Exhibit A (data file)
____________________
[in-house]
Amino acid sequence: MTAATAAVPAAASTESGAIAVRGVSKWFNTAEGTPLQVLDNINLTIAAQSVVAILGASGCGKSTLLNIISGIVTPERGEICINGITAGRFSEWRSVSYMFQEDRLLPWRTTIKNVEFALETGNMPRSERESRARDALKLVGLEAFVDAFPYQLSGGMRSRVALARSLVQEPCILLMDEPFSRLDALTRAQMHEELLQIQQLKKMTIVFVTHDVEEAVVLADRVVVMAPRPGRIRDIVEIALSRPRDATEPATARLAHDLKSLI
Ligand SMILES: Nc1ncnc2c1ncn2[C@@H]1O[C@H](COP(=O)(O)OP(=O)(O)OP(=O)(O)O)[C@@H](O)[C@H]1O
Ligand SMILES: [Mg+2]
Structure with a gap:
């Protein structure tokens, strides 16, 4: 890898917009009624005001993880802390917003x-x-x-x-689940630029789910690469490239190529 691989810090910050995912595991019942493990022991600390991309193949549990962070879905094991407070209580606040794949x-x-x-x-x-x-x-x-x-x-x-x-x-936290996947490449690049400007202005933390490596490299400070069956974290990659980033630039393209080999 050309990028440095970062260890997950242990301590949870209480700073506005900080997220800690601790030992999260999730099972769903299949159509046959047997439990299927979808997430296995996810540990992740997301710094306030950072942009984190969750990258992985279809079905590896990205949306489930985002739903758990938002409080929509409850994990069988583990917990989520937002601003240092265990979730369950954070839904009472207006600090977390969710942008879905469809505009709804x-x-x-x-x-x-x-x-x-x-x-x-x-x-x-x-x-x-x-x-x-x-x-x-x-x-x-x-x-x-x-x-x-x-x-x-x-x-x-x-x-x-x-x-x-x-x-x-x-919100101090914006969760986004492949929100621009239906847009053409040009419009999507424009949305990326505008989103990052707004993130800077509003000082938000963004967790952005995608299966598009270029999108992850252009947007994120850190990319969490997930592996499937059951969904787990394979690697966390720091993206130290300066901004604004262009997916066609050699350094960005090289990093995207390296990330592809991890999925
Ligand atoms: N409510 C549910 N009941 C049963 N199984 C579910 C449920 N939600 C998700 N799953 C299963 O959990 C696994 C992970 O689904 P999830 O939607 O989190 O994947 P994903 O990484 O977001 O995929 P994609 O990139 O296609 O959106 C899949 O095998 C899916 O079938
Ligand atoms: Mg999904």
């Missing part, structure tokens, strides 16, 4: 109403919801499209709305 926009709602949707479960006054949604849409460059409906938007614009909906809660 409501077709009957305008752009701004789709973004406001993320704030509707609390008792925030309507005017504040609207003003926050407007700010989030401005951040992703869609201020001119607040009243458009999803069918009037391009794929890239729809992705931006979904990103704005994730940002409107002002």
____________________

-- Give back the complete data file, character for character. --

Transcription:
[in-house]
Amino acid sequence: MTAATAAVPAAASTESGAIAVRGVSKWFNTAEGTPLQVLDNINLTIAAQSVVAILGASGCGKSTLLNIISGIVTPERGEICINGITAGRFSEWRSVSYMFQEDRLLPWRTTIKNVEFALETGNMPRSERESRARDALKLVGLEAFVDAFPYQLSGGMRSRVALARSLVQEPCILLMDEPFSRLDALTRAQMHEELLQIQQLKKMTIVFVTHDVEEAVVLADRVVVMAPRPGRIRDIVEIALSRPRDATEPATARLAHDLKSLI
Ligand SMILES: Nc1ncnc2c1ncn2[C@@H]1O[C@H](COP(=O)(O)OP(=O)(O)OP(=O)(O)O)[C@@H](O)[C@H]1O
Ligand SMILES: [Mg+2]
Structure with a gap:
């Protein structure tokens, strides 16, 4: 890898917009009624005001993880802390917003x-x-x-x-689940630029789910690469490239190529 691989810090910050995912595991019942493990022991600390991309193949549990962070879905094991407070209580606040794949x-x-x-x-x-x-x-x-x-x-x-x-x-936290996947490449690049400007202005933390490596490299400070069956974290990659980033630039393209080999 050309990028440095970062260890997950242990301590949870209480700073506005900080997220800690601790030992999260999730099972769903299949159509046959047997439990299927979808997430296995996810540990992740997301710094306030950072942009984190969750990258992985279809079905590896990205949306489930985002739903758990938002409080929509409850994990069988583990917990989520937002601003240092265990979730369950954070839904009472207006600090977390969710942008879905469809505009709804x-x-x-x-x-x-x-x-x-x-x-x-x-x-x-x-x-x-x-x-x-x-x-x-x-x-x-x-x-x-x-x-x-x-x-x-x-x-x-x-x-x-x-x-x-x-x-x-x-919100101090914006969760986004492949929100621009239906847009053409040009419009999507424009949305990326505008989103990052707004993130800077509003000082938000963004967790952005995608299966598009270029999108992850252009947007994120850190990319969490997930592996499937059951969904787990394979690697966390720091993206130290300066901004604004262009997916066609050699350094960005090289990093995207390296990330592809991890999925
Ligand atoms: N409510 C549910 N009941 C049963 N199984 C579910 C449920 N939600 C998700 N799953 C299963 O959990 C696994 C992970 O689904 P999830 O939607 O989190 O994947 P994903 O990484 O977001 O995929 P994609 O990139 O296609 O959106 C899949 O095998 C899916 O079938
Ligand atoms: Mg999904």
């Missing part, structure tokens, strides 16, 4: 109403919801499209709305 926009709602949707479960006054949604849409460059409906938007614009909906809660 409501077709009957305008752009701004789709973004406001993320704030509707609390008792925030309507005017504040609207003003926050407007700010989030401005951040992703869609201020001119607040009243458009999803069918009037391009794929890239729809992705931006979904990103704005994730940002409107002002």